On approximately the 4th of April, nine individuals were pushed back from Croatia to Bosnia. An Afghan man in his mid-twenties gave this testimony.
The respondent set off from Bihac, Bosnia with a group of single men from Afghanistan. The respondent described that on the first day after they entered Croatia, the police discovered the group; 25 people were taken and pushed back. Those who escaped continued on their journey, eventually joining another group.
The respondent described that after a total of 12 days walking through Croatia, they were on a small street near the 65 road in Croatia, when they were ambushed by the police. This time 15 people escaped (it is unclear what the original group size was).
However, the respondent and a friend were on their own after they escaped. They did not have phones or GPS. At this time it started to snow. They went to a village to gather some sticks to make a fire to warm themselves, not knowing what to do. They continued on through Rijeka. Around 6pm, on the road towards Trieste, “commandos” caught them – these officers wore dark green, greeted them politely, told them they had to leave and took them to the capital city. At some point they discovered that the respondent and his friend had escaped previously and their attitudes changed.
In Zagreb, they were not permitted to leave the vehicle, a van, that they were in. They were given water, but no food, even though they asked for it, being in a weakened state from their long walk and the cold weather. They were kept in the van for two nights and one day and were not allowed to leave the van even to relieve themselves. The man making this report told his friend to use a bottle, to relieve himself, because the police were angry if they did so in the car.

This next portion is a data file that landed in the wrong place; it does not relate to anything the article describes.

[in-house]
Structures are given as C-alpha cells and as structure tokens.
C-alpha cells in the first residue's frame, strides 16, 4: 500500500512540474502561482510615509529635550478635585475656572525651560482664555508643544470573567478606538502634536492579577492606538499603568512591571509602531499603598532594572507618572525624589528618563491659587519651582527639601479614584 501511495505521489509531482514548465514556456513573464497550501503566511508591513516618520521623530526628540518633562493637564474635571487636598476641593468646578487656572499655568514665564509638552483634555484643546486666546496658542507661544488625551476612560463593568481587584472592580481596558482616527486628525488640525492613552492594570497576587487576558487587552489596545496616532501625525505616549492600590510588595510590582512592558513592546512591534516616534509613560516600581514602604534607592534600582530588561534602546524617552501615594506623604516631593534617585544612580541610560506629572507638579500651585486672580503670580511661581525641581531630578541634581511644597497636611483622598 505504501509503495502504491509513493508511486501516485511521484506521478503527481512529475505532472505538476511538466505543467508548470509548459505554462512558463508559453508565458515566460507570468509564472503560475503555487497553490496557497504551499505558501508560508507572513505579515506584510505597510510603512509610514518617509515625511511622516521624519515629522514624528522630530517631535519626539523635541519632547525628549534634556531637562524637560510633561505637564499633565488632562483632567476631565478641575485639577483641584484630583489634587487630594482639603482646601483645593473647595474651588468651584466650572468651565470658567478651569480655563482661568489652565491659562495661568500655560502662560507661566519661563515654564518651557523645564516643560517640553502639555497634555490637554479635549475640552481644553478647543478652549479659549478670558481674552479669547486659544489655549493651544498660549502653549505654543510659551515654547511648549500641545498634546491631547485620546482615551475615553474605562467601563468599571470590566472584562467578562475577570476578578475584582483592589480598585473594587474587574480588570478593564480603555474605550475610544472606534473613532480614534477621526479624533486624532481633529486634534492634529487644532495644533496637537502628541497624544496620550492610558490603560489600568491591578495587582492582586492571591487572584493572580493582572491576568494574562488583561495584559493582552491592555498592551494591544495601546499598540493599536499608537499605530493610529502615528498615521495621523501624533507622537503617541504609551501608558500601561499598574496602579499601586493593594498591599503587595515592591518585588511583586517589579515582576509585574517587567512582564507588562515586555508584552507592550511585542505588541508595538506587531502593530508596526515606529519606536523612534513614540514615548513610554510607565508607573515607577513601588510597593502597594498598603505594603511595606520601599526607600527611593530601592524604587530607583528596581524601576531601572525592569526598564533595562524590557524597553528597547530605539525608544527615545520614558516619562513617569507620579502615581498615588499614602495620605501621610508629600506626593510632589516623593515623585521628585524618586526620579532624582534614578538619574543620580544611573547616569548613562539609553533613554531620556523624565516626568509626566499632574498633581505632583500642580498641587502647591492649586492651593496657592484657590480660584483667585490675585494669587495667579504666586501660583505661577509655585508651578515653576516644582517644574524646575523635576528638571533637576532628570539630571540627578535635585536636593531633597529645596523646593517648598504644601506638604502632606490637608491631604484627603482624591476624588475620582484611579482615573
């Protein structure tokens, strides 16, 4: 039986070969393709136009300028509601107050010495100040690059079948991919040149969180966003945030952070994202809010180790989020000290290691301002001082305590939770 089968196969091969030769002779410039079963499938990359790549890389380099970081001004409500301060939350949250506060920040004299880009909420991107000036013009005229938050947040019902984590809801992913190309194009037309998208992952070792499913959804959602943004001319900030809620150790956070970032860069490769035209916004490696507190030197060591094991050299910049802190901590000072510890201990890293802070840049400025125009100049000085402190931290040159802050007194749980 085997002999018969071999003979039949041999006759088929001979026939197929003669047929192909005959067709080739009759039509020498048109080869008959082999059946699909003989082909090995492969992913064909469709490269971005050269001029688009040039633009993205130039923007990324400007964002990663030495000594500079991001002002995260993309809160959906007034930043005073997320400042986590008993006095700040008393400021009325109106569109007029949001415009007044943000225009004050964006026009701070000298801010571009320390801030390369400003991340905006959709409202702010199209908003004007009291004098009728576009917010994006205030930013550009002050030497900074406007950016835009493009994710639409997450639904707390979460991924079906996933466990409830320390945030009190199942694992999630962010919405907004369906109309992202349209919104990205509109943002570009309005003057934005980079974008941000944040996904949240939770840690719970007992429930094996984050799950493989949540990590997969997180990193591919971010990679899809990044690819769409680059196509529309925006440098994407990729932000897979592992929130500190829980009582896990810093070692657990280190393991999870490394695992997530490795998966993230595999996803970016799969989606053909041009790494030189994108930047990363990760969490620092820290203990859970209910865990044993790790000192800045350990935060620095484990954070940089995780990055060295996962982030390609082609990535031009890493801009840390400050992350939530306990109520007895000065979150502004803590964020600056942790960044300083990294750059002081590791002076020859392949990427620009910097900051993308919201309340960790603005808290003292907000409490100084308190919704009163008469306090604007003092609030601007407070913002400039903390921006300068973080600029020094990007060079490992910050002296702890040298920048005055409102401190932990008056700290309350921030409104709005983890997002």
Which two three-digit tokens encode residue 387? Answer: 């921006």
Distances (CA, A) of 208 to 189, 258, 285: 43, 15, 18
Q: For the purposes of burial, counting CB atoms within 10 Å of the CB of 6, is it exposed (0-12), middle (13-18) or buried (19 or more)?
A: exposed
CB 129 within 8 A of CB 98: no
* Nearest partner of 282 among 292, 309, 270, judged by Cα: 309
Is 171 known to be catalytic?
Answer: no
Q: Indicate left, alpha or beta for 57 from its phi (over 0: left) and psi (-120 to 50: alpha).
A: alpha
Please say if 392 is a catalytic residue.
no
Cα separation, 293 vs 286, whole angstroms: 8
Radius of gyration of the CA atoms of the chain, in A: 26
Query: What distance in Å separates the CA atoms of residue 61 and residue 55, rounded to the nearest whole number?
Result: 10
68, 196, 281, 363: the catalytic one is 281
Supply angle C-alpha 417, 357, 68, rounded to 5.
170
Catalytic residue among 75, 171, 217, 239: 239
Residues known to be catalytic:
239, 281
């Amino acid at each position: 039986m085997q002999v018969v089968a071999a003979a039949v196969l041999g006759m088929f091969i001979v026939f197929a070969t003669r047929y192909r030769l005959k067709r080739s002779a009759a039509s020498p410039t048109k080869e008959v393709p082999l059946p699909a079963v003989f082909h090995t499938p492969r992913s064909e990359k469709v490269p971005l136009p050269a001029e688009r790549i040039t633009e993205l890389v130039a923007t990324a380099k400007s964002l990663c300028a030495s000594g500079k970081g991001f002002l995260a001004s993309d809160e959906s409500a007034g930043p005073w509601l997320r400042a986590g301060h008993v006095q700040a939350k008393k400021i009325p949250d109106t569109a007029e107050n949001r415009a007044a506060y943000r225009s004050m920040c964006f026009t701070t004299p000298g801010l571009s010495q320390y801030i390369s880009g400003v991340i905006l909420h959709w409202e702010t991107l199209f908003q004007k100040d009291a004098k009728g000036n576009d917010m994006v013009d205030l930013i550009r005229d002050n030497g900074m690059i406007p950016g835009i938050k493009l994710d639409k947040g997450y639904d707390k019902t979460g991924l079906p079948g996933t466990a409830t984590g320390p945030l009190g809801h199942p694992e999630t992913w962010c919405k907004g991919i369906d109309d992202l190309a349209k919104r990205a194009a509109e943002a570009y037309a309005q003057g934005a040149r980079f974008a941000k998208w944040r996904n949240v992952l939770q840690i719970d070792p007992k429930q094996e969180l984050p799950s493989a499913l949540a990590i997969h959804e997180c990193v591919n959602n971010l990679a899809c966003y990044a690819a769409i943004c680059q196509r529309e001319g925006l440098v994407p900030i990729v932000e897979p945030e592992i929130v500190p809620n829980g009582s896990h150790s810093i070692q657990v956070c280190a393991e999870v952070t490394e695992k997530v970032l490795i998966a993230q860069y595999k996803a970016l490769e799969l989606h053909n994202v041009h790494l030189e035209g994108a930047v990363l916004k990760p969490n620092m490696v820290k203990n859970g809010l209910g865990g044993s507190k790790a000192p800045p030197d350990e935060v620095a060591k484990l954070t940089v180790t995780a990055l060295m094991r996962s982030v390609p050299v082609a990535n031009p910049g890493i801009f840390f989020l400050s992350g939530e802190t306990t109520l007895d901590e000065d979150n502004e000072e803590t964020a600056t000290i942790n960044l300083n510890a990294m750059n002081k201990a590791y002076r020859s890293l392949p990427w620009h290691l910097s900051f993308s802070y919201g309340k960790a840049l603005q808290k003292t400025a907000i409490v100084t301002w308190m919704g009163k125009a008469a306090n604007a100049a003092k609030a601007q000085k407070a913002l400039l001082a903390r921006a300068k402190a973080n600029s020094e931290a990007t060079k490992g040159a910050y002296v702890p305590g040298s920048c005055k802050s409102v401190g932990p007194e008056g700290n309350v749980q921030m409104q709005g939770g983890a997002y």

An additional group of seven people, three of whom were Kurdish, were brought to join them in the van. They were then taken to the border where other officers awaited them. These officers wore dark blue uniforms, black masks, and gold lights on their heads – the respondent referred to them as being from the “bled group,” it is unclear what this means.
There were five officers: One to watch, two to check bodies and two to beat the men. The men were called two-by-two. First, they were checked completely, they were forced to remove their clothing and the officers even looked inside their mouths. Then the other officers beat then,
“They used their feet in our stomachs and hands in our face. When they checked our bodies, it’s a full body process.”
The people on the move were told to sit and were then beaten eight times on each leg and once on the back and then on their heads and arms, then they were told to go. This took place at the border near Velika Kladusa.